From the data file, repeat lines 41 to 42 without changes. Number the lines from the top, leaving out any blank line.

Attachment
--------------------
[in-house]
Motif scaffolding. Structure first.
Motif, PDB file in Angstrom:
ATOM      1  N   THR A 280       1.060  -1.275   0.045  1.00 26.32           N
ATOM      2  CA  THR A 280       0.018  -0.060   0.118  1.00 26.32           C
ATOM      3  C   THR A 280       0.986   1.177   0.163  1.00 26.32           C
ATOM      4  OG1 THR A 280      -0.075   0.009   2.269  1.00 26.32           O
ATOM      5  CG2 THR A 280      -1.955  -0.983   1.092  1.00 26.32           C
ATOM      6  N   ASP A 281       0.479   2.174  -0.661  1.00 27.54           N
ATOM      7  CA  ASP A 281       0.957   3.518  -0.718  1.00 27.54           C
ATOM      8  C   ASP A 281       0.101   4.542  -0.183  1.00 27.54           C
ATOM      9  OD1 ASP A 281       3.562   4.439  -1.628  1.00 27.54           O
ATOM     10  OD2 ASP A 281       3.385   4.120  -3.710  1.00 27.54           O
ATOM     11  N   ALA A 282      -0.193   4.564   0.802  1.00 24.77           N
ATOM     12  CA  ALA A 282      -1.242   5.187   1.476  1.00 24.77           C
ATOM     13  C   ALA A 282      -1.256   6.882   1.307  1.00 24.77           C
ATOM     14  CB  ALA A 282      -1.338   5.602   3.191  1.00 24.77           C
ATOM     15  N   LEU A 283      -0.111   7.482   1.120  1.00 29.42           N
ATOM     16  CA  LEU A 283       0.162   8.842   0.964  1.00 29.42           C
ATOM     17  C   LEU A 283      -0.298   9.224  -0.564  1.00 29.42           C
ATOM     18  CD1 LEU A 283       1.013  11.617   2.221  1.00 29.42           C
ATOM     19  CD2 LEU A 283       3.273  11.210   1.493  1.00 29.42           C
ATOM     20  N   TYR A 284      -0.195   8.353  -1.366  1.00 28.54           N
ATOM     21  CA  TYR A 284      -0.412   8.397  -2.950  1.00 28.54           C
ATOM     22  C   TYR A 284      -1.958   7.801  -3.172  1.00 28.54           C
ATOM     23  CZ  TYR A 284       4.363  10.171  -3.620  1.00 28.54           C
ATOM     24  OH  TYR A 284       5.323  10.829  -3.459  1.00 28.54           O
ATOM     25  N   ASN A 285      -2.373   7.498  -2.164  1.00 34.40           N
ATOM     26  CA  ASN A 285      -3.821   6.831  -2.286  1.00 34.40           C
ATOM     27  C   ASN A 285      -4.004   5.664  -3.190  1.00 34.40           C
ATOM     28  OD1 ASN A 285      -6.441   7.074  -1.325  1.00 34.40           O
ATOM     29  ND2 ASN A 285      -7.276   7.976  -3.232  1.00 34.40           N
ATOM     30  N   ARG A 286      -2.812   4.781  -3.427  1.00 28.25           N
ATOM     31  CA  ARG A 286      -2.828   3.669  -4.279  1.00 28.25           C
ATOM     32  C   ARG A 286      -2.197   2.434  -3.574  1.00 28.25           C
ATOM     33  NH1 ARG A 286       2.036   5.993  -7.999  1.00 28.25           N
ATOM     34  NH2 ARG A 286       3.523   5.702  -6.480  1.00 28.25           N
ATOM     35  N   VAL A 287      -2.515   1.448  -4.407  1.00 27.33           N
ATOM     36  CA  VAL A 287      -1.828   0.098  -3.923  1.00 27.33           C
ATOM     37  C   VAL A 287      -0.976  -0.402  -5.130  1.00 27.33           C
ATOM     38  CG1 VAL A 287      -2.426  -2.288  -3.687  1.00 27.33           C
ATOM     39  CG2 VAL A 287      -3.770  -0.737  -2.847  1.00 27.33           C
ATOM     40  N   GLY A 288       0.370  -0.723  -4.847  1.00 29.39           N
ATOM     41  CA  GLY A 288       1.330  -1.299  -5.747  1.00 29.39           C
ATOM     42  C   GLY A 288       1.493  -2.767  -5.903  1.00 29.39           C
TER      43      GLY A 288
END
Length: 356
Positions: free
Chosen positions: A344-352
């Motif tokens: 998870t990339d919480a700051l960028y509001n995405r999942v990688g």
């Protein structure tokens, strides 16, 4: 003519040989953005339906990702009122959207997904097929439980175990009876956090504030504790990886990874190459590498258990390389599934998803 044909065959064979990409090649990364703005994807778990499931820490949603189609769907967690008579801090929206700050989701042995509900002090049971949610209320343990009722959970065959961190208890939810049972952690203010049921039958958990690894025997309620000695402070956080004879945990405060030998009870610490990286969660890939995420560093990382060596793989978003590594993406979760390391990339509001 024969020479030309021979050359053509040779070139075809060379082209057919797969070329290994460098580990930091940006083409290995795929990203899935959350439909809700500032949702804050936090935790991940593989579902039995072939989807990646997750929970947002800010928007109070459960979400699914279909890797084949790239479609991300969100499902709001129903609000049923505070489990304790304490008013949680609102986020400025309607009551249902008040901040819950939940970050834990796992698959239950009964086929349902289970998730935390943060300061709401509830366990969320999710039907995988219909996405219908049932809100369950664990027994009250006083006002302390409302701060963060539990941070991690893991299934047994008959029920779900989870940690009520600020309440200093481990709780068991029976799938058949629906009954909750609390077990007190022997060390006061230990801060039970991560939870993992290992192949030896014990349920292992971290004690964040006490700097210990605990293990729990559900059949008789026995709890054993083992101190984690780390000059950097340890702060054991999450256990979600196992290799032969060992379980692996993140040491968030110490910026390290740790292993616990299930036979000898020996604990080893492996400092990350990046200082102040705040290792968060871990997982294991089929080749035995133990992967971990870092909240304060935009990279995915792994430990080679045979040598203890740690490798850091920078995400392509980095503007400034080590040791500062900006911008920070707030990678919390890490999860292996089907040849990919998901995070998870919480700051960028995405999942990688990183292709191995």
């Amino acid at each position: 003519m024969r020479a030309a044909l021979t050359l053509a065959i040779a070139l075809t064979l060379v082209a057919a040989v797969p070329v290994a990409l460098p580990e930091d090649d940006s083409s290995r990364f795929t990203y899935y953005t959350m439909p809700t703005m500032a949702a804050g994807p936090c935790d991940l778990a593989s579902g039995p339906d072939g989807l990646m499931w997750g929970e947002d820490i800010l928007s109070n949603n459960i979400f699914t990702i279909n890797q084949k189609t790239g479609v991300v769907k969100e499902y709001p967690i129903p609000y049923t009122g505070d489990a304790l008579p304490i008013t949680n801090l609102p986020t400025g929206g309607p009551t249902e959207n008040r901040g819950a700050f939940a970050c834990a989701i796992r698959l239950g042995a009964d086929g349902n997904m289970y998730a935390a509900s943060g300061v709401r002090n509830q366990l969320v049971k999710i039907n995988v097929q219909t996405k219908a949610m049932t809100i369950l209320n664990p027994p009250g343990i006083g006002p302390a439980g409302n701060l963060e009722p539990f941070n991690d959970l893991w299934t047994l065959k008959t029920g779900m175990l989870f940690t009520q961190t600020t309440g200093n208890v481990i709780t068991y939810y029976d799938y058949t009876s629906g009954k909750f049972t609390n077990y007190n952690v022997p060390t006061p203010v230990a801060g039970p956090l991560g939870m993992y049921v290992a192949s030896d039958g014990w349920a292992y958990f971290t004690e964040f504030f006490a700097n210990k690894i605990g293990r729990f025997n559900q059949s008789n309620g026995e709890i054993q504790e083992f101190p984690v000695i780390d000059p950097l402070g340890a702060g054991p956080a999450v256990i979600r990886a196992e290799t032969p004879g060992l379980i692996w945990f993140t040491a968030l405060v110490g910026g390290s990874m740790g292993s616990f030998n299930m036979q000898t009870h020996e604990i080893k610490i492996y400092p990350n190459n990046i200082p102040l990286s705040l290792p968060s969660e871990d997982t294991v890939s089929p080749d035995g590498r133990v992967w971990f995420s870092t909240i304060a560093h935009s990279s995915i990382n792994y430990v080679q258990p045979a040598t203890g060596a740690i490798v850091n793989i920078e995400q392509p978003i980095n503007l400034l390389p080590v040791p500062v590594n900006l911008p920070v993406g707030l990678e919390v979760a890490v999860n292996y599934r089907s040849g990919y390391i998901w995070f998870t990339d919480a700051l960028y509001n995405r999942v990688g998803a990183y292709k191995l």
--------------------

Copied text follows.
ATOM     38  CG1 VAL A 287      -2.426  -2.288  -3.687  1.00 27.33           C
ATOM     39  CG2 VAL A 287      -3.770  -0.737  -2.847  1.00 27.33           C